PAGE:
British defense cuts could jeopardize military operations, say lawmakers

08:55, September 16, 2010      

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British lawmakers said Wednesday that planned defense cuts scheduled to be announced at the end of October could jeopardize their country's military operations.

The lawmakers, members of parliament on the House of Commons defense committee (HCDC), issued the warning in their latest report, which comes just over a month before the new coalition government's Strategic Defense and Security Review (SDSR) is unveiled.

The government has ordered the MOD to find cuts of between 10 and 20 percent, less than most other departments which face cuts of between 25 and 40 percent.

The SDSR will create the template within which those cuts will be made, but the committee was frightened cuts could cause problems. "The capacity of the country even to sustain current in- use capabilities and therefore current operations could well be put at risk by the proposed cuts of between 10 percent and 20 percent," it said in the report.

The SDSR began with a discussion paper issued by the last Labor government in February. It is the first defense review for 13 years and will radically alter the equipment, capabilities, and strategic objectives of the British military.

The HCDC's chairman James Arbuthnot warned against the speed of the SDSR and that it was being driven by the need to save money rather than recast strategic objectives. He said: "What worries us is the speed at which these decisions are being taken and the fact that they are money-driven rather than threat-driven."

Arbuthnot said that Defense Secretary Liam Fox, had told his committee that he had "two jobs -- one as secretary of state for defence and the other as a member of the cabinet to reduce the deficit."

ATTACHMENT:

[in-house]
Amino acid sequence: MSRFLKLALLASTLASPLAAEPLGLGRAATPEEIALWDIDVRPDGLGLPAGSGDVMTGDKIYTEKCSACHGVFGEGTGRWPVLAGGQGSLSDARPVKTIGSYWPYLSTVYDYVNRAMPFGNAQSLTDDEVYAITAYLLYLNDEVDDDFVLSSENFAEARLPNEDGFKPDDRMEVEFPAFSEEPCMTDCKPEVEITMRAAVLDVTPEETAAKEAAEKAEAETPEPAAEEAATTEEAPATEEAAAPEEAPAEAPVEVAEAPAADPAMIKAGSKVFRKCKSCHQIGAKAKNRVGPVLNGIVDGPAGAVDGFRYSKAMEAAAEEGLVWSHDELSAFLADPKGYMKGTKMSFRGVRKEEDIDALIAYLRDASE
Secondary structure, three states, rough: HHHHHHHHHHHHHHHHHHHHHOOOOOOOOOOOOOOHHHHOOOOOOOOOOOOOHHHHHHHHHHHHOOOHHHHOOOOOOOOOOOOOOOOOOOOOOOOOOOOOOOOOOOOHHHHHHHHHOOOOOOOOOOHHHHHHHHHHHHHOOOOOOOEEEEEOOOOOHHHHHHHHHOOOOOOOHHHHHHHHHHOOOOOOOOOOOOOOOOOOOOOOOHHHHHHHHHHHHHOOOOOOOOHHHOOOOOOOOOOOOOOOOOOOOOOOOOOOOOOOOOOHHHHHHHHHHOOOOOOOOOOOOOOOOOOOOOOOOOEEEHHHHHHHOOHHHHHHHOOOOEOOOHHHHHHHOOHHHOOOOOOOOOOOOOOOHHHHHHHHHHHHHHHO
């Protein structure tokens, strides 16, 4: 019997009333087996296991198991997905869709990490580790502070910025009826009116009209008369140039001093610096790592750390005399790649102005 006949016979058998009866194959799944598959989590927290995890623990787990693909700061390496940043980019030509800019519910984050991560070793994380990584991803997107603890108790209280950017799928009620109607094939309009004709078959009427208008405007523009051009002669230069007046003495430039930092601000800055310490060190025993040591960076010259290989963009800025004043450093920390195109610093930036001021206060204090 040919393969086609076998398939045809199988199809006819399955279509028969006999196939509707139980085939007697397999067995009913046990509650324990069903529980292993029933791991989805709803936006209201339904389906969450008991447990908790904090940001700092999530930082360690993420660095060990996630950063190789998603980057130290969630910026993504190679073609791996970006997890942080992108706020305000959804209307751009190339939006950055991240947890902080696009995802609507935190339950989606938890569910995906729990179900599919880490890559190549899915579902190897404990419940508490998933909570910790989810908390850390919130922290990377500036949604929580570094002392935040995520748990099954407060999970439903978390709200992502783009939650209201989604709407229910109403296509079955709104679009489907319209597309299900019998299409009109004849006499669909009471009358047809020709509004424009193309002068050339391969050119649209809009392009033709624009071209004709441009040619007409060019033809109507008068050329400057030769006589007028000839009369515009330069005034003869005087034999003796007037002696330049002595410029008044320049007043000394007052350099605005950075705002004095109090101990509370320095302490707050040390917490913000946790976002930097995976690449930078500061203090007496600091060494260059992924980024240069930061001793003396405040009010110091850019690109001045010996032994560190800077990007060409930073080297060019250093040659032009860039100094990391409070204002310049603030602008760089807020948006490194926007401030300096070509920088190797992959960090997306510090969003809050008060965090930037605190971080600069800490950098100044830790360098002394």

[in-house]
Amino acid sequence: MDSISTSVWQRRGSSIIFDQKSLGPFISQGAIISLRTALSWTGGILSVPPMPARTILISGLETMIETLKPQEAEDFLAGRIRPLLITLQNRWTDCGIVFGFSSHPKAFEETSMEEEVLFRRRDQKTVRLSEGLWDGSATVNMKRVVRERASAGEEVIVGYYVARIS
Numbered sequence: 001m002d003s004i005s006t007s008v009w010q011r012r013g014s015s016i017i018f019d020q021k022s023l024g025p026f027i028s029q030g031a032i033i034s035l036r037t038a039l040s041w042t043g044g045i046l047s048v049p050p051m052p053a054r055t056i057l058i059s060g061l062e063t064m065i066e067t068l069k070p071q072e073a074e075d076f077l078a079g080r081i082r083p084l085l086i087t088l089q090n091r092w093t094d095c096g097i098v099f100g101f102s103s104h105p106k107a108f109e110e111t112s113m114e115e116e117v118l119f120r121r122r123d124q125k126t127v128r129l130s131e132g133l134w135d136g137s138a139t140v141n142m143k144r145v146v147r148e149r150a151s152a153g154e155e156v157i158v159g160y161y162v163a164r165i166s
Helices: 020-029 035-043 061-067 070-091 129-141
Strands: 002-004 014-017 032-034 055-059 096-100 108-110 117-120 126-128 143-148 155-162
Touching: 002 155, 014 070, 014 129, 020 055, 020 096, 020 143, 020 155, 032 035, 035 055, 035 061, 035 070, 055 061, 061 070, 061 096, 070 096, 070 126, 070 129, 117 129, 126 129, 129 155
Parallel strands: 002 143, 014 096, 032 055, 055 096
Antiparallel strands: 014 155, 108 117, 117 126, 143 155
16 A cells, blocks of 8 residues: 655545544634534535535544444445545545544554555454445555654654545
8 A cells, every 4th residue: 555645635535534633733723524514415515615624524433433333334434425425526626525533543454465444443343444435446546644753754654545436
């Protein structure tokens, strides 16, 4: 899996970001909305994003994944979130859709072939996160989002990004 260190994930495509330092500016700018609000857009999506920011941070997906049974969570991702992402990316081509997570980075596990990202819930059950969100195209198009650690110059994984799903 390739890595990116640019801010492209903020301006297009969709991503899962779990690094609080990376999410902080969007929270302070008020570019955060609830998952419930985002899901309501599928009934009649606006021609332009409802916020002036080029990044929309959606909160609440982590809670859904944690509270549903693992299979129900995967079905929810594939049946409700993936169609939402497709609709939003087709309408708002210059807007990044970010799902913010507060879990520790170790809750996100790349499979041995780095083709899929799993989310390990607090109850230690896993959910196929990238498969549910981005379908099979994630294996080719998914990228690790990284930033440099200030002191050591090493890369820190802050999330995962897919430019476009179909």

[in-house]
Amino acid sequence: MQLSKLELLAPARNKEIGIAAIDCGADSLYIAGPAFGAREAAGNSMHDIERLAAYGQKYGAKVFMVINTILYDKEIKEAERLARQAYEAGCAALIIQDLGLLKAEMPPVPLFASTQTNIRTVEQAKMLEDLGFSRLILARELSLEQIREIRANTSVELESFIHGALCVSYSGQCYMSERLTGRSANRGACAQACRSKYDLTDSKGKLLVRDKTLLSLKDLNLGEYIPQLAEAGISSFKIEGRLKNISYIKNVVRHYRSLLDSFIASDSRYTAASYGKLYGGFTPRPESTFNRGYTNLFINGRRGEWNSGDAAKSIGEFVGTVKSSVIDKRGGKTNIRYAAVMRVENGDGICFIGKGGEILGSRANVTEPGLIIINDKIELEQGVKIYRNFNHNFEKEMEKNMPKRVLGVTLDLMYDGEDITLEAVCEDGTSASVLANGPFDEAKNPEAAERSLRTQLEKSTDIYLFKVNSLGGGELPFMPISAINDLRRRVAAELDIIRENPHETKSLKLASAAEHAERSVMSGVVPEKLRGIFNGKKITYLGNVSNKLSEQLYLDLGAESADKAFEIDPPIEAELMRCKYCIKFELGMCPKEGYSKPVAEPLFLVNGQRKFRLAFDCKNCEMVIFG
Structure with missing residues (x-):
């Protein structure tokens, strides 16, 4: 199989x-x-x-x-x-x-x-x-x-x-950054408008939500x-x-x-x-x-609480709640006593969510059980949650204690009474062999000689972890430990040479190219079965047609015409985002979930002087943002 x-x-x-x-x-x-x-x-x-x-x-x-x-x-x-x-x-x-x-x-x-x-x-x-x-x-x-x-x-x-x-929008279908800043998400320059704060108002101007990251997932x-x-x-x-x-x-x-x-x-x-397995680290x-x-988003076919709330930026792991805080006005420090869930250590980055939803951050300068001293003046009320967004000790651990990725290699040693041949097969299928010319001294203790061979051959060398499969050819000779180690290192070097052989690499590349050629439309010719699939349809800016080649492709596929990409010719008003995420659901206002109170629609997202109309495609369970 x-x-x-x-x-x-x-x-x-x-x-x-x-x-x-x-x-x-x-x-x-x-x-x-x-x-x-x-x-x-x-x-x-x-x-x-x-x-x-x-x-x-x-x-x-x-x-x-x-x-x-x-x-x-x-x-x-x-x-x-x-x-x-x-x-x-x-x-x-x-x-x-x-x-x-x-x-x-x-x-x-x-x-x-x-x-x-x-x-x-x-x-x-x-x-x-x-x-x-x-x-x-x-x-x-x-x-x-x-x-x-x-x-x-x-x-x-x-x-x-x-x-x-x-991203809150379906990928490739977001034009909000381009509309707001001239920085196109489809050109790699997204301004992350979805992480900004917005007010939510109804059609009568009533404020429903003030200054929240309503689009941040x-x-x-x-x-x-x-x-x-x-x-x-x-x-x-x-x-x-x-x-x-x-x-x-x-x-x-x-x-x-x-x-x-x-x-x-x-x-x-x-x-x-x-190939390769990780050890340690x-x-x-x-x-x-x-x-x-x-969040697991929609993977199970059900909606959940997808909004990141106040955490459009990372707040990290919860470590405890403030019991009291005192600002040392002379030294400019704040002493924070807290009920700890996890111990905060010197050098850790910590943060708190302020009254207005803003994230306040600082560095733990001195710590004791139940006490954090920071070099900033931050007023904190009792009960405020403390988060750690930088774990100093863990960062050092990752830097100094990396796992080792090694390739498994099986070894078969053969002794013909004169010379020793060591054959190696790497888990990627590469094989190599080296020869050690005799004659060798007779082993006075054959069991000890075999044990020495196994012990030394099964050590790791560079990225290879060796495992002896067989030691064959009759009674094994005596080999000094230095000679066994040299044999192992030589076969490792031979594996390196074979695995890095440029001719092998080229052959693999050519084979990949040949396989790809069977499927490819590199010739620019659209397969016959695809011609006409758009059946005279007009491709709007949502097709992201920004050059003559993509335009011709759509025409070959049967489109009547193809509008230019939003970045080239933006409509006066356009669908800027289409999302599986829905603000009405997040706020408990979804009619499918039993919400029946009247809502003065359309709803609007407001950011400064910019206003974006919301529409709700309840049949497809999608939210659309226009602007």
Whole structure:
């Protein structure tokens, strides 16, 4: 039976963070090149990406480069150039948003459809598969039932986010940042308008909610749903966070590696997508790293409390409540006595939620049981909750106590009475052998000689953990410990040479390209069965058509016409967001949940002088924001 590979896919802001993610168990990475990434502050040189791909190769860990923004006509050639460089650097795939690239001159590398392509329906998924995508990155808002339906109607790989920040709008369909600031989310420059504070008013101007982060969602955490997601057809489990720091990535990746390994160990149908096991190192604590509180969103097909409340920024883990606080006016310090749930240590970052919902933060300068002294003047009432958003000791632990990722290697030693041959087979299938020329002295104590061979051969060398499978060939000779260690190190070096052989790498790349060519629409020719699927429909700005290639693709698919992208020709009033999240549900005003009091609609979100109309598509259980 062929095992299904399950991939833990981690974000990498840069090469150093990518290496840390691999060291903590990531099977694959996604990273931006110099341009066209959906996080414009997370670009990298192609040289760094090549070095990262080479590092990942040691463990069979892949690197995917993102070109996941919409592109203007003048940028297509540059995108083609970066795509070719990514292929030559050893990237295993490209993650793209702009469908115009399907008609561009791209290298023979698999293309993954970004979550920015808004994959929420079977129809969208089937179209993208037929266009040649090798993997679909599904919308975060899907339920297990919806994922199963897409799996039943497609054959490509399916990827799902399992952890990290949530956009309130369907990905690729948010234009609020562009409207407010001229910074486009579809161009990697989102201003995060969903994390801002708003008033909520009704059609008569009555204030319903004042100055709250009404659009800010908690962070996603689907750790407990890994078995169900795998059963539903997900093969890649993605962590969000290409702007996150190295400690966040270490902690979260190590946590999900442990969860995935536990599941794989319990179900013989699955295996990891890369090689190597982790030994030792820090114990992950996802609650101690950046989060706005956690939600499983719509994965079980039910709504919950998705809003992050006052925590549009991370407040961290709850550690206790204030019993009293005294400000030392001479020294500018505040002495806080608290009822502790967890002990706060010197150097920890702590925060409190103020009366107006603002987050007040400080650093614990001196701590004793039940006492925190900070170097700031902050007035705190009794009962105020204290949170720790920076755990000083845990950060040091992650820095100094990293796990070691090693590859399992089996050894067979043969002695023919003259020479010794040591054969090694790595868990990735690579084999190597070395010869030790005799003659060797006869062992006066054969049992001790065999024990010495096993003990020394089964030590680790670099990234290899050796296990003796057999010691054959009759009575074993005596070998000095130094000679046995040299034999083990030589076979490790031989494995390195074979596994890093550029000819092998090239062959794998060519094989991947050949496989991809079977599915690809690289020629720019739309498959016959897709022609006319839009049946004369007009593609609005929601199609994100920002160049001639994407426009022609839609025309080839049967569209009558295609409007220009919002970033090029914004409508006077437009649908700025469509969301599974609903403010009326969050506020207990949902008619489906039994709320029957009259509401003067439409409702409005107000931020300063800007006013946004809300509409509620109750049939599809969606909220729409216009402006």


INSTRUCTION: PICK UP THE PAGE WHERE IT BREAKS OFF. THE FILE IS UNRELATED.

"I think he is doing the defence secretary job very well indeed. The trouble is, I think he is driven by the demands of the Treasury to an extent and with a speed which is potentially detrimental to the defence of the country."

The HCDC warned in its report that the SDSR could end up with " only short-term priorities, misaligned resources, a barely reformed acquisition process and a structure short of manpower to deliver good performance and improperly configured for its tasks."

"At the same time the failure to engage more widely in public debate on the SDSR risked widening the sense of public ' disconnection' with defence issues in the wake of the unpopular Iraq war and faltering support for the mission in Afghanistan."

The SDSR has caused considerable controversy, and is leading to fighting within government.

Fox is embroiled in a tough argument with the Treasury, the finance ministry, over the 20 billion pound (about 30 billion U.S. dollars) cost of replacing Britain's nuclear weapons system, carried in a fleet of four submarines. The Treasury is firm that the MOD must bear the bill, and Fox has had no success in changing that view.

Arbuthnot said the MOD is also losing control of the SDSR. " This is a review which is being run by the National Security Council, a body which didn't exist four or five months ago. The last defence review took 13 months to come to conclusions and it was a good review.

"In this review, we are coming to conclusions about four months after it began, being run by a body which didn't exist four or five months ago."

Commenting on the HCDC's report Fox said the SDSR "will not undermine our main combat effort in Afghanistan. The SDSR will address the most immediate threats to national security, while maintaining the ability to identify and deal with emerging ones. This flexible approach will ensure our armed forces can deal with challenges now and in the future.

"The MOD has received over 6,000 responses on the SDSR and related issues. This broad range of views is being considered as decisions are made on how we deliver the future strategy for national security as effectively and efficiently as possible. To ensure the SDSR is sustainable and resource-informed, it is proceeding in parallel with the October Spending Review."

No details of the defense cuts have yet been revealed, but a string of high-profile media stories over the past few weeks have claimed that the 5 billion pound (about 7.5 billion U.S. dollars) program to build two 65,000 tonne aircraft carriers for the navy is under threat, despite construction having already begun.

Other areas where cuts could fall include hundreds of jet fighters currently in service with the Royal Air Force, and some of the army's tanks and heavy armored vehicles.

Personnel is also an area where cuts could fall to make big savings, and up to 20,000 servicemen could be cut from a combined total for all three services of about 180,000.

Source: Xinhua


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